…send UK youths to community


As a way of promoting youth participation in governance, an international organisation, Volunteer Service Overseas, VSO, is partnering the Women Advocates Documentation Research and Documentation Centre, WARDC, on a three-month International Citizens Service (ICS) programme in Ikorodu, Lagos.

The exchange programme which is being implemented by 22 young VSO volunteers made up of UK and Nigerian citizenry, seeks to equip youths in selected host communities to deliver direct development and support the eradication of poverty.

Hence, like every ICS three-month cycle which tackles issues ranging from agriculture to good governance and education in a selected country and host community, this quarter’s ICS which lasts from October to December 2014, according to Miss Uzoamaka Nwachukwu, Team Leader of ongoing cycle, focuses radically on making good governance a reality in Ikorodu by ensuring substantive youths’ participation.

“Poor youth participation in governance has become a national phenomenon because youths tend to believe governance is the exclusive preserve of older adults who occupy key positions. This, we have conspicuously observed in Ikorodu also. We are here to teach youths that governance is not all about being elected into positions. It includes being able to identify issues, know the right channels through which to tackle those issues, know the level of government to hold responsible and many more. We blame the Federal Government for everything without thinking of our ward councilors, local government chairmen and state governments. We blame them even for our dirty environments. That is why, in the course of this cycle, our volunteers will also be engaging in series of community clean-up exercise”, Uzoamaka explained at a welcome ceremony put together in honour of the daring volunteers in Ikorodu.

Extolling the vitues of the UK and Nigerian volunteers who left their comfort zones to reside in Ikorodu, associate and brainstorm for three months with 20 youth parliamentarians from five zones in the community- Aga, Igbo Olowu, Ebute, Jumo Fark and Lowa, Dr(Mrs)Abiola Akiyode-Afolabi, Executive Director, WARDC, noted that ICS is a one year initiative of the VSO which will last till August 2015.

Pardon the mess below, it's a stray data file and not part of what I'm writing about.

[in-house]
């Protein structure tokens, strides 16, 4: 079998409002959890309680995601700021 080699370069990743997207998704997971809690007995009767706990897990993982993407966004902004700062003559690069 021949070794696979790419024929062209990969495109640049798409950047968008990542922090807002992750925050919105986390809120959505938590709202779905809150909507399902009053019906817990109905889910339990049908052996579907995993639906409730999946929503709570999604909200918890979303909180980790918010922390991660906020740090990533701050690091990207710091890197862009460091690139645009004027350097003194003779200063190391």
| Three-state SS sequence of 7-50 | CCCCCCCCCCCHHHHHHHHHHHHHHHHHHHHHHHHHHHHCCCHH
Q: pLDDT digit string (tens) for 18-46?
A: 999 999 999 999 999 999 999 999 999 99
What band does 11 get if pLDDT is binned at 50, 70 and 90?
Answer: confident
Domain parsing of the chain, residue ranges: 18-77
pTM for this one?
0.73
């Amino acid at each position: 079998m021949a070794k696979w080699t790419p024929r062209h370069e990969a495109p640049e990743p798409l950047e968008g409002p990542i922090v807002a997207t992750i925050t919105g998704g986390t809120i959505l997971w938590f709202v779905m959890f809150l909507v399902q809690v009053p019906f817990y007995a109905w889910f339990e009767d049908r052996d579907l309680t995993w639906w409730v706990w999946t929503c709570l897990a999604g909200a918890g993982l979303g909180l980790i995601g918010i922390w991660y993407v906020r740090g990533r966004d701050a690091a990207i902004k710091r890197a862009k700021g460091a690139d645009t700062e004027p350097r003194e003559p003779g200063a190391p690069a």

“The first cycle came into Nigeria in June and left in August. This is the second and the volunteers will be in Nigeria till December. This present ICS cycle is going to draw a charter of demand, based on their findings, which will be used to engage the parliament in the future.

“WARDC’s collaboration with VSO started in 2013 and has led to some positive impacts in Ikorodu. Youths have been engaging constructively through a shadow parliament which we facilitated in the earlier mentioned five zones through the help of the first ICS cycle which came earlier to Ikorodu, to ensure that the communities respond to issues of poverty and think positively of the youths.

“More importantly, this time around, through this partnership, WARDC seeks to prepare the youths for the 2015 general elections. The parliament will be able to come up with questions for those vying for political seats so that they can put them on their toes by the time they get into office. What is important in this project is not the UK and Nigerian volunteers coming and leaving Ikorodu but rather the parliament here which remains constant and influential”.

Also speaking at the welcome ceremony, Chairman, Igbo Olowu Estate, which is the zone accommodating the volunteers for the cycle, Alhaji Kola Oyekanmi, urged participating youths from Ikorodu to shun informal socialization throughout the duration of the 3-month programme and pursue knowledge on good governance which will yield long-term, lasting results. He also affirmed the possible positive impacts of the project in the community.

One of the UK volunteers, Miss Bethany Gorman, who spoke with Lipstick, clarified that the UK volunteers were not in Nigeria to tell Nigerian youths what to do since they cannot claim to have all the answers.

Bethany went on: “It is about supporting and bringing new ideas to birth. So far, the Nigerians on the programme seem educated and knowledgeable. The only difference I have noticed is the issue of unemployment; I notice none of the Nigerian volunteers has ever had a job before and it is shocking because these youths are educated, passionate and caring. They know what they want but are financially handicapped. I will advice the Nigerian government to begin to realise that its greatest resource is not oil or whatever but its young people”.


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